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Artificial intelligence and talent determine our future

Worries have been mounting in the world of investors about the records being made on international financial markets. Concerned about a stock market bubble on the verge of bursting, these investors are looking for the signs that would point in this direction. Analysts have yet to see any however, and are sending a reassuring message that in most countries, including those in Europe, the economies are flourishing and there are no signs yet that would indicate any downturns are imminent.

Even the economic think-tanks consider the prospects to be bright. The International Monetary Fund (IMF) recently praised the EU’s economic performance, and with a growth rate in excess of 3%, the Netherlands is one of the frontrunners. This is bad news for the protest parties trying to win voters over with the promise that, if elected, these parties will dismantle the EU. According to a recent survey, an average of 78% of European citizens are happy to be living in the EU.

Does this mean that there aren’t any doomsayers? They are definitely out there, and they warn of realistic risks that could lead to a tipping point in the global economy such as current events in the U.S. and China (mountain of debt), the political tensions surrounding North Korea, the future of the EU and Brexit. For now, there are still reasons for optimism. However, it is always wise for policymakers and businesses to be prepared for bad economic times which not only strike when least expected, but can do so quickly. So, what can they do?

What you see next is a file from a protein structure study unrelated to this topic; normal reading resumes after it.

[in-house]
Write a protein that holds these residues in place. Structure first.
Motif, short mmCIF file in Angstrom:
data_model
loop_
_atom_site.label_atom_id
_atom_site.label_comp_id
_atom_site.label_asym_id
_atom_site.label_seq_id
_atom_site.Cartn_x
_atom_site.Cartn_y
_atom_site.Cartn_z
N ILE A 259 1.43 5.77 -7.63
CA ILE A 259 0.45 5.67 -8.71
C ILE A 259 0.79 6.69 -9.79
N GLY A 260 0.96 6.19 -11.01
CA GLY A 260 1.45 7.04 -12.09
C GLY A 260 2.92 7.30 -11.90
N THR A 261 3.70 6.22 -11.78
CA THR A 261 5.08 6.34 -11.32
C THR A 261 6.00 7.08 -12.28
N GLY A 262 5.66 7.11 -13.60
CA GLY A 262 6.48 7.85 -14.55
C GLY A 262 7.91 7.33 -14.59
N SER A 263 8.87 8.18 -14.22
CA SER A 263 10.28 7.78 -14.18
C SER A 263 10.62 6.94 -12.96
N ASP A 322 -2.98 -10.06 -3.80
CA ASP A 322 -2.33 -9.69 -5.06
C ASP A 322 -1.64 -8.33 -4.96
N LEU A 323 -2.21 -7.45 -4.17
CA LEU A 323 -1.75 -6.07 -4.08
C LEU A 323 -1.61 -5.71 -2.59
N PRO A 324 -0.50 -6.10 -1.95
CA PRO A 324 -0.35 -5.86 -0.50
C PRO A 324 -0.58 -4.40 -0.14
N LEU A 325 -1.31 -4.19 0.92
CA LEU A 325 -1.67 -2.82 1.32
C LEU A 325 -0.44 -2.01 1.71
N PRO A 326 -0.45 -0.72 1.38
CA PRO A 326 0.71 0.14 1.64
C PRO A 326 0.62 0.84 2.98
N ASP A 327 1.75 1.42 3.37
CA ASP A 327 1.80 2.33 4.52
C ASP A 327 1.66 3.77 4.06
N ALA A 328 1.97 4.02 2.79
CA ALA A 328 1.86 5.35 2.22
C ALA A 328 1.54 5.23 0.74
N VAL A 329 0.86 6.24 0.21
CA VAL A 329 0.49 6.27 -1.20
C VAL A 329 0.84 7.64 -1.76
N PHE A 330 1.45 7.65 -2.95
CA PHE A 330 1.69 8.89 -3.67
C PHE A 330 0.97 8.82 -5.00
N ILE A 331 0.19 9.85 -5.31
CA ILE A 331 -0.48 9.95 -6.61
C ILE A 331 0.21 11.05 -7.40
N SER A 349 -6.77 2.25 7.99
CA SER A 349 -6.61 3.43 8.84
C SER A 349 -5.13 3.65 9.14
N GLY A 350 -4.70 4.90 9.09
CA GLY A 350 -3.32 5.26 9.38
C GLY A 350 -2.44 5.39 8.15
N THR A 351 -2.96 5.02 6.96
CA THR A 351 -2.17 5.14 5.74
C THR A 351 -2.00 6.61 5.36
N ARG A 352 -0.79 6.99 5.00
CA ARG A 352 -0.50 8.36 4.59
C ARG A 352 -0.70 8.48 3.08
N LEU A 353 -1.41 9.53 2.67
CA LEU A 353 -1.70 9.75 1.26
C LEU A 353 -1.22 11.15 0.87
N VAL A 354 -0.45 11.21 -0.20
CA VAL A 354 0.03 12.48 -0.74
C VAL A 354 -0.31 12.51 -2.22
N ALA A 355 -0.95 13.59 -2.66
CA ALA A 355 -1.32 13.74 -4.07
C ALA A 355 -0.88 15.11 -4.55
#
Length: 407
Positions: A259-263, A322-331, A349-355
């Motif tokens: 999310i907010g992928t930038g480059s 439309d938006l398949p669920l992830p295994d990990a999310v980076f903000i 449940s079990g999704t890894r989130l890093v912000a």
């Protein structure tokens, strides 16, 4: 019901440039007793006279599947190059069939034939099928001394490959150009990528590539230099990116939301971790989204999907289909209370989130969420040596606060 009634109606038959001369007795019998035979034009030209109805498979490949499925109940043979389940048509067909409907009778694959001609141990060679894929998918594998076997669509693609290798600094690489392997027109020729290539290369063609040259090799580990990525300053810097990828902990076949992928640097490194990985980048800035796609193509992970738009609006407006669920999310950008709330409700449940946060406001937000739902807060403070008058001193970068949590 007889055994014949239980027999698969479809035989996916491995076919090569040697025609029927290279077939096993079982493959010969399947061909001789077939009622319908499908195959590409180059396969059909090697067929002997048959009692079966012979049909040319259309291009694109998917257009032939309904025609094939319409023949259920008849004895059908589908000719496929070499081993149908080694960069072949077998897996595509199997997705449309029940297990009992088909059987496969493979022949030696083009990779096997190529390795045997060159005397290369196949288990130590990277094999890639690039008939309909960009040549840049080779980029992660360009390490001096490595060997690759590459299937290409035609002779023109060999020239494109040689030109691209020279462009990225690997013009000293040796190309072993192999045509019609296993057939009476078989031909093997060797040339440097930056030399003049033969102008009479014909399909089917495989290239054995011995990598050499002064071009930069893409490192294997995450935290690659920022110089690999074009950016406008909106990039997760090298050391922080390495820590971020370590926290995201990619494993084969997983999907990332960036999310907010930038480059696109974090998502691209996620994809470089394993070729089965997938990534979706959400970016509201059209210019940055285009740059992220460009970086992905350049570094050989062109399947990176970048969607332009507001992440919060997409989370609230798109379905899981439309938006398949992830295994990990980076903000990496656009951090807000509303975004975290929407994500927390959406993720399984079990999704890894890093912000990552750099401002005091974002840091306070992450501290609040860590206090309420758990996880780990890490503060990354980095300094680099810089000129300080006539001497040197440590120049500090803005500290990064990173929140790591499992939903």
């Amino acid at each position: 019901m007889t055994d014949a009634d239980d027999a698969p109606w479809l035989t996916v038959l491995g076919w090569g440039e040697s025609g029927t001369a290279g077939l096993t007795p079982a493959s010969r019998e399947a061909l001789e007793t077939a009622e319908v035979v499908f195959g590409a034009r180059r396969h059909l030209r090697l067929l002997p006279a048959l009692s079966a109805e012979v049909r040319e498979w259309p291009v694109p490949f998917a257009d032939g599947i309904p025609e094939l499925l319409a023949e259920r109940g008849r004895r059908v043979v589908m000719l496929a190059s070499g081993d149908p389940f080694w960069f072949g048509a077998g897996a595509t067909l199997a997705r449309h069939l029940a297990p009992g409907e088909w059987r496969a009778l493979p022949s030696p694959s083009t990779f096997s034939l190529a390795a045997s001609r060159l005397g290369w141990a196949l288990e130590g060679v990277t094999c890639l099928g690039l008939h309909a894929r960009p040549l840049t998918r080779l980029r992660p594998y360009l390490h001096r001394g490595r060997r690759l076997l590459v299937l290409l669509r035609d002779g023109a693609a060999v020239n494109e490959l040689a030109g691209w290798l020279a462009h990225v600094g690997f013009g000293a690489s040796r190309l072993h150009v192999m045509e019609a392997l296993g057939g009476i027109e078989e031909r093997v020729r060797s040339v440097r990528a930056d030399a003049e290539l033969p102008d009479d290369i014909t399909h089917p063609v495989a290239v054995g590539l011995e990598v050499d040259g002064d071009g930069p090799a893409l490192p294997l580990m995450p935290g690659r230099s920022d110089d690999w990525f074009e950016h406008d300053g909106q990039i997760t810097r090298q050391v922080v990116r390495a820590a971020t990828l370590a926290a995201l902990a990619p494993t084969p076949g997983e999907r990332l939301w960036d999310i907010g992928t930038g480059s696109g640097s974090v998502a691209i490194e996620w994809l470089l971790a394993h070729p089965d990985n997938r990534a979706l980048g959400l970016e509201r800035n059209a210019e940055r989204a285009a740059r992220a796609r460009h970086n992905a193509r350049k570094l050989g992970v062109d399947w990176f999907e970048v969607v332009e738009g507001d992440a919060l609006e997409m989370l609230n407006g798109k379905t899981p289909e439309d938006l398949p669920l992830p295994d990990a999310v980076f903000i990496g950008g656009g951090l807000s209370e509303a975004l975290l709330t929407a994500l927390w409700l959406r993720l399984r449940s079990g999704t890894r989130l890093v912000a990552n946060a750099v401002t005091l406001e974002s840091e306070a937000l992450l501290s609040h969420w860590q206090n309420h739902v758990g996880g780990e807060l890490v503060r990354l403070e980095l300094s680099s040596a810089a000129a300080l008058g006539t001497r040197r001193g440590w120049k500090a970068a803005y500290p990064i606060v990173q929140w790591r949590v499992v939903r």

Winners

According to forecasts, companies and government organizations that are making substantial investments in innovative technologies and talent will emerge as the winners, in good or bad economic times. It is also worth mentioning that without these technologies, we will not be able to slow down climate change. Occupying the prime position worldwide when it comes to the application of innovations is artificial intelligence (AI). This technology involves machines, software and equipment that are able to imitate human intellectual capacity, making them capable of learning on their own and making decisions. They can even learn from their own mistakes, yielding better performance as a result. In practice, this process is known as machine learning. Well-known examples of AI include apps on smartphones such as the virtual assistants Siri, Google Now, Facebook M and Cortana. Other applications include chatbots, virtual conversation partners that are used to provide customer service on websites. One example of this in the Netherlands is the chatbot Billie on bol.com. AI is also used for robots, video games, translation machines, image recognition and driverless cars. Data such as customer information plays an essential role in AI. We are currently seeing rapid advances being made with AI and data at large international companies. All of the companies doing this become “big-data companies”. These innovations allow companies to secure tremendous positions of power, and to control markets in a variety of areas.